Chinese mutual funds have been booming of late, with new fund launches raising more than 364 billion yuan between January 1 and April 21, according to a recent report in the China Securities Journal. A good chunk of this money could go south. “The market currently estimates there may be more than 100 billion yuan in funds on the mainland ready to invest in Hong Kong stocks,” Chen Baixun, head of wealth management at Hong Kong–based Bank of East Asia, was quoted as saying in late April by the Shanghai Securities News.Mainland exchange-traded funds that track the Hang Seng index have also seen substantial investor inflows. In the first five trading days after the CSRC’s March announcement, the Easy Way to Reach Hang Seng H-shares ETF’s assets rose 31 percent, to 1.3 billion yuan, while the smaller Chinese Hang Seng ETF’s holdings jumped 43 percent, according to the state-run Securities Times newspaper. Both funds are managed by China Asset Management Co.
The authorities are expected to take more steps in the near future to broaden Chinese investors’ access to overseas markets, according to securities analysts and Chinese media reports.
State media have suggested that the authorities may launch a Shenzhen–Hong Kong cross-border stock investment program this year. Chinese officials have also hinted at possible tie-ups with overseas exchanges. Analysts say the Singapore Exchange is a potential partner for a Connect-like linkup with a mainland exchange.
Connect is an innovation that’s designed “to enhance the level of internationalization of our asset management industry,” Deng Ge, a spokesman for the CSRC, said recently. Hong Kong officials echo that point. “Stock Connect is more than just another simple investment channel,” Charles Li, CEO of Hong Kong Exchanges and Clearing, wrote in an April 9 blog entry. “Its real, lasting meaning will be in enabling Chinese investors to internationalize their asset allocation in order to grow their wealth over the long term.”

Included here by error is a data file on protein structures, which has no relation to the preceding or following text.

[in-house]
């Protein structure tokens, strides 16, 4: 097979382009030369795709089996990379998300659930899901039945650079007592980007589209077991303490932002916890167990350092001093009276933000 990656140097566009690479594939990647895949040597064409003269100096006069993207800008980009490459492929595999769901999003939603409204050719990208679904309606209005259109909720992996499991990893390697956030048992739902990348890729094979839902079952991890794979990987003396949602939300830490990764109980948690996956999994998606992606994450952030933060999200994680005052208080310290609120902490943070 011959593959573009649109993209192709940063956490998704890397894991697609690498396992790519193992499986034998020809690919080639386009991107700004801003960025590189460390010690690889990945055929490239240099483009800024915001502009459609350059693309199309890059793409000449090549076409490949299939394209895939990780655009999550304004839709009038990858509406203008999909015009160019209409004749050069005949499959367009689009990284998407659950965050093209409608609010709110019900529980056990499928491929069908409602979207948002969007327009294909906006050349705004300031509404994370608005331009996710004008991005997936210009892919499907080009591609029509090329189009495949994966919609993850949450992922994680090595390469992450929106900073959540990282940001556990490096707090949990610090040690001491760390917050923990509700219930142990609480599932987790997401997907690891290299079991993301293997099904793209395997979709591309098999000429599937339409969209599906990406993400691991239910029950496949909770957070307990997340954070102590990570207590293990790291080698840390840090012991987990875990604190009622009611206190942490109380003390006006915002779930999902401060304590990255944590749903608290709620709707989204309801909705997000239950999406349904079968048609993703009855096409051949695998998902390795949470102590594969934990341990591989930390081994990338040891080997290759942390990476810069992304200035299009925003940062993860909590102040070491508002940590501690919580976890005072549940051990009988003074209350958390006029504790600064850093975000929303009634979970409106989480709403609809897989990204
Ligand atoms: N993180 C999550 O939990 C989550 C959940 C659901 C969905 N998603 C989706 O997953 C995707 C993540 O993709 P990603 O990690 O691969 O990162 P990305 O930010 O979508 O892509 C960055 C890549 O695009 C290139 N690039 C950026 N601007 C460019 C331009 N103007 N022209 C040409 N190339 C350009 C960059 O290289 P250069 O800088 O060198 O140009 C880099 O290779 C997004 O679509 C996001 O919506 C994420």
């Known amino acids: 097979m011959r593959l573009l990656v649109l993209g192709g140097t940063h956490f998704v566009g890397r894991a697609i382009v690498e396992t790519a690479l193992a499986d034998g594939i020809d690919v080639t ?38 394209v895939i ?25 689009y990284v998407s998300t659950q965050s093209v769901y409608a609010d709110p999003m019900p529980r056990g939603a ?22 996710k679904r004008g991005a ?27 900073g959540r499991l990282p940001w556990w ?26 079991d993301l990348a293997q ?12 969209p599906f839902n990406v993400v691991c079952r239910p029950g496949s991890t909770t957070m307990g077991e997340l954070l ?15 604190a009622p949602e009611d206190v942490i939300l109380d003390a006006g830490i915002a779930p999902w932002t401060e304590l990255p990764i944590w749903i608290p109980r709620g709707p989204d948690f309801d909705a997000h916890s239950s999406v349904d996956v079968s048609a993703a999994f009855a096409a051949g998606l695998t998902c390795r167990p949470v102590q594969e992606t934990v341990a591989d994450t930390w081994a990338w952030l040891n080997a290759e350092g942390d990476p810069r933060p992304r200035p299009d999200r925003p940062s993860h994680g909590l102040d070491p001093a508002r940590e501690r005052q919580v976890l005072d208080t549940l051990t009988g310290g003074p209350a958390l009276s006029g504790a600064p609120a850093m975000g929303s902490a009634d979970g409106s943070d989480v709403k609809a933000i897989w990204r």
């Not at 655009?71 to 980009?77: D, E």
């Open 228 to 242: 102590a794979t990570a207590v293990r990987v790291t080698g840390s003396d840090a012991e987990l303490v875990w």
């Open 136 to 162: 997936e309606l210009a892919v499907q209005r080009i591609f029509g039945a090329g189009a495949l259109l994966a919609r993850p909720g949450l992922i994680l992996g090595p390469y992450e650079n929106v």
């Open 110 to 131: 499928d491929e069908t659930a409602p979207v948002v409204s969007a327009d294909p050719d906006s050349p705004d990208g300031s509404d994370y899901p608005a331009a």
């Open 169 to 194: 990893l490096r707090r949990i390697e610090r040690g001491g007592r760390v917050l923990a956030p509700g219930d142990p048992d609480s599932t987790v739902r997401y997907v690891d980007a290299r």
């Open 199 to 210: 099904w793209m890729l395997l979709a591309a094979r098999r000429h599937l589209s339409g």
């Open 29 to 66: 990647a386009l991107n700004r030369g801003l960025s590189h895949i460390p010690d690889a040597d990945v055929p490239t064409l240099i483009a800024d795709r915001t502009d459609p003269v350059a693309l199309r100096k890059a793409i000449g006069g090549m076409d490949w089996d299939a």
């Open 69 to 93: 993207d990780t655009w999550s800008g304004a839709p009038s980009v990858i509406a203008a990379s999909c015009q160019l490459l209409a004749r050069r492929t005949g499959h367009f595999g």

UBS Securities’ Lu says Connect is likely to be a first step toward giving mainland investors the power to play stock and even bond markets worldwide. “The general trend is definitely to liberalize cross-border investment,” Lu says. “Southbound investment is just a part of that.” He predicts regulators will open the cross-border investment window wider within a matter of months.
Deng told reporters in early April that Chinese and Hong Kong securities regulators were jointly studying a proposal to raise the Connect program’s trading limits. Current rules set net buying limits of 10.5 billion yuan for Chinese investors going into Hong Kong and 13 billion yuan for foreign investors going into Shanghai.
The quotas were originally set “to ensure the scheme got off the ground in a smooth and stable way,” said Hong Kong Exchanges’ Li. But with Chinese investors bumping up against the southbound quota limit, exchange officials “are urging authorities to quickly expand the quotas,” he added.
China’s market regulators “are looking to encourage firms to invest offshore and, as part of this, are looking to provide multiple access points to do so,” says Stephen Baron, Z-Ben Advisors’ deputy director of strategic solutions. He suggests that the Connect program could become the main vehicle for mainland investors to play the Hong Kong market, whereas the Qualified Domestic Institutional Investor program, which the authorities initiated in 2006 to enable Chinese institutions to invest in overseas markets, focuses on other foreign markets and becomes the means by which Chinese investors get “broader global exposure.”